David Michaud picked a terrible time to suffer the quickest loss of his career.
Michaud, 30, has been a professional fighter since 2009, and he has an impressive overall record of 15-5. May 9, however, was not his best night. He suffered a 17-second, knockout loss to Sadibou Sy, courtesy of a vicious kick to the body.
Had that same result taken place at any other time in Michaud's career, yeah, it would have stung. Yes, it would have taken time to move past it. But Michaud's loss to Sy did not come under normal circumstances. It happened in the first round of the 2019 Professional Fighters League's regular season.
And because of that, the loss could have an enormous impact on his next fight: a welterweight matchup against Handesson Ferreira at PFL 4 on Thursday in New Jersey.
"Going into this next round, I have zero points, and I am dead last in every tiebreaker," Michaud told ESPN. "I know the position I'm in."
The entire concept of the PFL -- which is in its second full season -- is built around points. Michaud is one of 12 welterweights vying for eight playoff spots, with the winner of each division earning $1 million. Points are assigned by result -- three for a decision win, four for a third-round finish, five for a second-round finish and six for a first-round finish.
In the event of a tie after two "regular-season" fights, there are a number of potential tiebreakers to get into the playoffs -- and without getting into too many hypothetical situations, let's just say it's not good for Michaud that his first loss took all of 17 seconds.
So how do PFL athletes change their strategies, depending on the situation they're in going into the second round? ESPN highlighted two different scenarios to help get an answer. (Note: The PFL's second round takes place on July 11, July 25 and Aug. 8, and airs on ESPN2 and ESPN+).
David Michaud, welterweight
First Round: Lost to Sadibou Sy at 0:17 of the first round
Next Fight: Handesson Ferreira on Thursday (PFL 4)
Scenario: It's possible Michaud could make the playoffs with a three-point decision, but his chances obviously increase with a finish. Five different welterweights will start the second round with four points or more.
Michaud: "I've got to get a win -- but that said, if I take this guy down and lay on him for 15 minutes, getting those three points probably won't be enough to get in the playoffs. Obviously, the first round would be the best, but even if it's the second and third rounds and I'm ahead, I have to be fishing for a finish.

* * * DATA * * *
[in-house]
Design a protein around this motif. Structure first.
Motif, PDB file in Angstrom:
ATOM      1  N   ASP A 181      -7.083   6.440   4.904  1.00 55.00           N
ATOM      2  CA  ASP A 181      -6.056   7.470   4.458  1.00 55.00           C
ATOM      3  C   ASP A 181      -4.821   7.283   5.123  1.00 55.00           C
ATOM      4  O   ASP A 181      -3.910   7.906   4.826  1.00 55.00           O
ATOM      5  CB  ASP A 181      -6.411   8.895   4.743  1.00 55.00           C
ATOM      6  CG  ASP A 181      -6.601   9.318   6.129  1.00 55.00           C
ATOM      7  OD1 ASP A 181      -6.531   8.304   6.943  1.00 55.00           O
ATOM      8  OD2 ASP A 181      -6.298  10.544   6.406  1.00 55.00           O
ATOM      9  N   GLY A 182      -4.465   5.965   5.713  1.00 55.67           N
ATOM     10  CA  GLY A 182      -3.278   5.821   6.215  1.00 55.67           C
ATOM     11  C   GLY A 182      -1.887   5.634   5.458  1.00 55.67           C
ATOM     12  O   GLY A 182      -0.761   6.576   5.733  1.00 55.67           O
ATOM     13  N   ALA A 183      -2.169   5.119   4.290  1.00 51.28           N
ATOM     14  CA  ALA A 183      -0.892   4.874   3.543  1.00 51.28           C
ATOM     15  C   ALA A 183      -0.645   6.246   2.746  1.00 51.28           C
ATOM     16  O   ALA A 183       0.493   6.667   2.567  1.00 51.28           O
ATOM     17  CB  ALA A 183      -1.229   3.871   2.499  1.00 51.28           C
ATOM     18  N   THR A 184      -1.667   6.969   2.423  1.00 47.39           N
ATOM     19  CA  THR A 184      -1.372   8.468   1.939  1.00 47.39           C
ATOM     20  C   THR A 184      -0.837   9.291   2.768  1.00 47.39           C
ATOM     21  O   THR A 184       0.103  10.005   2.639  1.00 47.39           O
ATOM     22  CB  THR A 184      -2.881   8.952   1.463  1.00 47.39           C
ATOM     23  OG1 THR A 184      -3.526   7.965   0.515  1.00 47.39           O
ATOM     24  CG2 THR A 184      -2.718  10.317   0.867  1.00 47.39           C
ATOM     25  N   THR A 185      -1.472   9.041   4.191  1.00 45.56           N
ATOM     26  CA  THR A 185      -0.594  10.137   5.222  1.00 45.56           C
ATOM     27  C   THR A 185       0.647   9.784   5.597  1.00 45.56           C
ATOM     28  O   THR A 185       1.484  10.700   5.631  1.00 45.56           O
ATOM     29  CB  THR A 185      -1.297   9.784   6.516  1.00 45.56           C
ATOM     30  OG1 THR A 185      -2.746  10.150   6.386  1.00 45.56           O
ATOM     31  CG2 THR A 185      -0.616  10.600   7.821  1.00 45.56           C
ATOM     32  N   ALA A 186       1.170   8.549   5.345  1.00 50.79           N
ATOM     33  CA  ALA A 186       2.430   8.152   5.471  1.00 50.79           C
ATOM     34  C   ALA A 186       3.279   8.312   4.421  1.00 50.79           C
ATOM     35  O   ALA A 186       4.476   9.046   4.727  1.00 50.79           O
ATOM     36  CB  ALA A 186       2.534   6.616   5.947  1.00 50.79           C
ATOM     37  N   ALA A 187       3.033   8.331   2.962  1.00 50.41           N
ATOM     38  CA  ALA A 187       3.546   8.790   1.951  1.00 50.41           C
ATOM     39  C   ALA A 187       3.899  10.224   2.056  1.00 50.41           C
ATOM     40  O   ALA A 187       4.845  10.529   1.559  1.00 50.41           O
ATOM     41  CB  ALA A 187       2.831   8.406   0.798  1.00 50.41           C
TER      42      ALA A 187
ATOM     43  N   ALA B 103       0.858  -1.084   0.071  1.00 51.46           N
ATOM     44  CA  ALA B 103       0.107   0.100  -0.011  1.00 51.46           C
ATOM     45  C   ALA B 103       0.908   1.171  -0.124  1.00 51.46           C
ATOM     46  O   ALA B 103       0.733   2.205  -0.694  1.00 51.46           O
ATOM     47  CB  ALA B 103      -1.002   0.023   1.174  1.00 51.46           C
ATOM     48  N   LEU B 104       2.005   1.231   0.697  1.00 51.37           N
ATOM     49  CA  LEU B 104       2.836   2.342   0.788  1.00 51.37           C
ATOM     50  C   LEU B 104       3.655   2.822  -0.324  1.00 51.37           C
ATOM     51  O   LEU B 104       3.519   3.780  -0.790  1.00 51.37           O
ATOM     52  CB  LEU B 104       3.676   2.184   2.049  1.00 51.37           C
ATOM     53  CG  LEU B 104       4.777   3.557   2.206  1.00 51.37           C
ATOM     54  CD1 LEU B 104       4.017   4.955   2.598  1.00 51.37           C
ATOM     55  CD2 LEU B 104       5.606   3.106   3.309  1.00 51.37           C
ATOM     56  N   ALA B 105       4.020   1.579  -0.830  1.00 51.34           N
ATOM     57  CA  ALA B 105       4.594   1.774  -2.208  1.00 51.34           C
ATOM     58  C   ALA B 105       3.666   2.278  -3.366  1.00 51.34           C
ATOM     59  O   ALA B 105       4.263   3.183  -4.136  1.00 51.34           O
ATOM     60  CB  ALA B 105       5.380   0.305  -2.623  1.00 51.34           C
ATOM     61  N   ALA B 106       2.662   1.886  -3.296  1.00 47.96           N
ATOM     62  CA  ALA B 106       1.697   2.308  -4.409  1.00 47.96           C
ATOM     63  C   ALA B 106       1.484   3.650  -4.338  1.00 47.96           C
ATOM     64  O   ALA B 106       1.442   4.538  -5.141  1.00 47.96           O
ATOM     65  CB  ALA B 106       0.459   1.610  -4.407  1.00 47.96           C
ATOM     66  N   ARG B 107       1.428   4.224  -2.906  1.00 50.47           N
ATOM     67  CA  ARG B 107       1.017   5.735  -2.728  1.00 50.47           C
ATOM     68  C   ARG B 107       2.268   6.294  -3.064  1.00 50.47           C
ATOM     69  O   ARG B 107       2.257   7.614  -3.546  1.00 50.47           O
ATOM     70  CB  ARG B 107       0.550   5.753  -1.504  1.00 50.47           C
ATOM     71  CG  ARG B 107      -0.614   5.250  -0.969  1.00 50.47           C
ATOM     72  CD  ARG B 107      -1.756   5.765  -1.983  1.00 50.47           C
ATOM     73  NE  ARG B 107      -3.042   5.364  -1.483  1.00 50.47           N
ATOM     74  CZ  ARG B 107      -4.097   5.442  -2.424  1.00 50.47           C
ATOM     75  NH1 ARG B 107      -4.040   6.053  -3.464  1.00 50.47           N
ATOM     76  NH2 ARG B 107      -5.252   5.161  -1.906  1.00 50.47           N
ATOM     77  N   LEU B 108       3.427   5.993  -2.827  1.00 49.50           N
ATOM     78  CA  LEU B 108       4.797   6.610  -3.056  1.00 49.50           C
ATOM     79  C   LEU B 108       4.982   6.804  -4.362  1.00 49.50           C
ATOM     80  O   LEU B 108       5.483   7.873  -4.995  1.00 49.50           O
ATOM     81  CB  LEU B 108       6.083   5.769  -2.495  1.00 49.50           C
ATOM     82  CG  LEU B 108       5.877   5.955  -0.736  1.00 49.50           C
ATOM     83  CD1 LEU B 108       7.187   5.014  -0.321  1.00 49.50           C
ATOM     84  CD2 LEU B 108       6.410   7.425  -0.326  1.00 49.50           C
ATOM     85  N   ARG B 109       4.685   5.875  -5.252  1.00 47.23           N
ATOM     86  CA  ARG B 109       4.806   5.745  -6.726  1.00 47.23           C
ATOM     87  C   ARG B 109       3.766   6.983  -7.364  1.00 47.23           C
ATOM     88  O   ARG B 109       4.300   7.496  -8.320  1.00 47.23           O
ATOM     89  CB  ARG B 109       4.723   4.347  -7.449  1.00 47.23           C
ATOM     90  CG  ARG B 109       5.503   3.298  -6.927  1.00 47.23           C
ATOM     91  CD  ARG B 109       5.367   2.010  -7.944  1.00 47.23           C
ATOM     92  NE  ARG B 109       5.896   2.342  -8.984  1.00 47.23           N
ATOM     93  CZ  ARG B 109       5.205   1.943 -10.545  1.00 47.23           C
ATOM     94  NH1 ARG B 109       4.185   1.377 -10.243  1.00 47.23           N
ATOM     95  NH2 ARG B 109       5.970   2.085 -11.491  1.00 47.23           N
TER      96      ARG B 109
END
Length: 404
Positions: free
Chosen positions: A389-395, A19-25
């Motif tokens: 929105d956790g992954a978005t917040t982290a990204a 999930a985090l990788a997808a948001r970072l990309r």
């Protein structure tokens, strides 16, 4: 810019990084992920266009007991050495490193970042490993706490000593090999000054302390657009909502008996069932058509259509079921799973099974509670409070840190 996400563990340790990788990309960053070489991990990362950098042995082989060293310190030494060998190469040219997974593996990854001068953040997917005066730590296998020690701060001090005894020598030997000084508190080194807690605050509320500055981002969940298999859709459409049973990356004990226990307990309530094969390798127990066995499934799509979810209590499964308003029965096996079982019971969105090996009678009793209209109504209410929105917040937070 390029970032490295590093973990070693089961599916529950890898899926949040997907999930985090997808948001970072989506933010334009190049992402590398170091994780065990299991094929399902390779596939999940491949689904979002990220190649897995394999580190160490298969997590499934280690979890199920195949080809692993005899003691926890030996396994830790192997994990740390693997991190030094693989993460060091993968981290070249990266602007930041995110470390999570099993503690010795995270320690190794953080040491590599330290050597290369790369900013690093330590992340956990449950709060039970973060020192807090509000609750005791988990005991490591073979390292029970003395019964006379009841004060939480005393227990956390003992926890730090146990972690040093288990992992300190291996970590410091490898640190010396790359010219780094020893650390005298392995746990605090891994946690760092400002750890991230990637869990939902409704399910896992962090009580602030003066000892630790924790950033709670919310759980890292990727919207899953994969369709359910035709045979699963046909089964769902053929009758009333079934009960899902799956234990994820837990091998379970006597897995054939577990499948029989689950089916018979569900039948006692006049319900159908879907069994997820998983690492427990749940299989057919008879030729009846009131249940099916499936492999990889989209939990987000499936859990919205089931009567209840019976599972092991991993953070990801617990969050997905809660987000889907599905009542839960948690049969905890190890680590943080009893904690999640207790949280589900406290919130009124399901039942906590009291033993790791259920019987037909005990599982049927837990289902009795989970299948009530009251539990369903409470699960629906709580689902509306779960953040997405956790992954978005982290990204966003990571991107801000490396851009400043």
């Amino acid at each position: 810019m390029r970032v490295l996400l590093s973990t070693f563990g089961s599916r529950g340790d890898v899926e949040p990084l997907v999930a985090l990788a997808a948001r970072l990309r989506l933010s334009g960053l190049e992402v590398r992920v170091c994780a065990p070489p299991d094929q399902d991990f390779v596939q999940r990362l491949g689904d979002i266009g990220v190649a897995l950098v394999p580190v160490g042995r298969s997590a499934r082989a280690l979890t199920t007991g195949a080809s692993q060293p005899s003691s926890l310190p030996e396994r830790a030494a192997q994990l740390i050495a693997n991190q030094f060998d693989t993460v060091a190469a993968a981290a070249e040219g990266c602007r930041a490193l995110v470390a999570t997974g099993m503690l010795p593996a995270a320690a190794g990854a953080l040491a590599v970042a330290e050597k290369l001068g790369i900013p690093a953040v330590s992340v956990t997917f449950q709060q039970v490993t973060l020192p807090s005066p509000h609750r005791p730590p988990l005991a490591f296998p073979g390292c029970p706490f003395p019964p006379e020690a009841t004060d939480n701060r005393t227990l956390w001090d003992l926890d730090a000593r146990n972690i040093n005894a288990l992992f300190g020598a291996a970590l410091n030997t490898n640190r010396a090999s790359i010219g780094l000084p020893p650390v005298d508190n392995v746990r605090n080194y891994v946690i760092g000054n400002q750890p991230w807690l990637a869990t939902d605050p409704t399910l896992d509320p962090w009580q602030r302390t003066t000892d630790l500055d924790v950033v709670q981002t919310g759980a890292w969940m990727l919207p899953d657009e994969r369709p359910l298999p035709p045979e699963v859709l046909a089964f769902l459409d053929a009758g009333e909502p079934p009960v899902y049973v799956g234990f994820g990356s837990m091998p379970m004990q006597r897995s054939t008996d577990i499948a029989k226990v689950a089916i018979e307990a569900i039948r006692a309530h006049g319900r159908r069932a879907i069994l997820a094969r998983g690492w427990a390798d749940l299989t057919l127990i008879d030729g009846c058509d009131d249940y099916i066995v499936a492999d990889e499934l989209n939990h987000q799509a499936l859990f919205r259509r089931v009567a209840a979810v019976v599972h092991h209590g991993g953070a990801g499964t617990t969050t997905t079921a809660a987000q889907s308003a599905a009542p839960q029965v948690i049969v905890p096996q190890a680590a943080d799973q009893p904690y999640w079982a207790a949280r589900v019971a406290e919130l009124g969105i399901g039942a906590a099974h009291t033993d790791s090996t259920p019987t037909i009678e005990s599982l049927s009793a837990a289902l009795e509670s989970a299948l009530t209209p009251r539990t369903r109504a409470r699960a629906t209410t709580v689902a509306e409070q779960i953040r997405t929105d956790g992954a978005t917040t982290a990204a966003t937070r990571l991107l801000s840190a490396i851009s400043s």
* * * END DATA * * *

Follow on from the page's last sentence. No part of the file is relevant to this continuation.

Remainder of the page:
"Before the fight, that's not something I can focus on, though. I can't allow myself to be warming up that night and have an eye on the TV, trying to figure out how guys are doing or how many points they have. Maybe if there was a situation like, 'Hey, you have to have five points to make the playoffs,' that's something I'd want to know, but there are plenty of fights after mine, and it's hard to predict how they'll go. I can't be trying to do math in my head before I go out and fight.
"And even if I knew I needed a certain number of points, I don't want to go out there and fire everything I've got, get clipped and take a loss. If you're in the top 10 of the regular season, you could still be an alternate, so there's still a chance to make the playoffs. You want to take risks, but at the same time, not do something that's going to cost you a fight.
"Nobody is expecting anything out of me after the first round. I'm an afterthought. I always have the mindset of keeping my fights as short as possible. I'm not too worried about the points. I feel like I throw more power shots than most guys, and I set a good pace. If you can survive the first round with me, I'll break you in the second."
Steven Siler, featherweight
First round: Lost a decision to Gadzhi Rabadanov
Next fight: Jeremy Kennedy on July 25 (PFL 5)
Scenario: Siler enters the second round ranked No. 6 out of 12 despite losing in the opening round. He advanced all the way to the PFL finals in 2018 but lost to Lance Palmer.
Siler: "All I have to do is win. I'm still somehow No. 6, so as long as I get a win, everything should play out. Obviously, a six-point finish would be the best thing, and that could move me all the way up to No. 4 or No. 5, which would mean a better seed for the playoffs. If it's the third round and I'm up two rounds to none, do I coast and take the three points or go for the finish? It's tough, because I just need points.
"The playoff seeding, it matters and it doesn't, really. It does in the fact you want the best matchup possible, but stylistically, you look at a wrestler like Andre Harrison -- he usually doesn't finish fights, so he's going to be a lower seed. But he's still one of the harder matchups.
"I'm kind of excited about this next matchup, because I know how good Jeremy is. The last guy, I had trouble focusing in camp. Jeremy is also coming off a loss, so you have two guys who are a little more desperate than the ones coming in with points. You don't want to take a risk that's going to make you lose the fight, but if there's something that's a little more questionable, that you might not go for in a regular fight, you're probably more likely to go for it."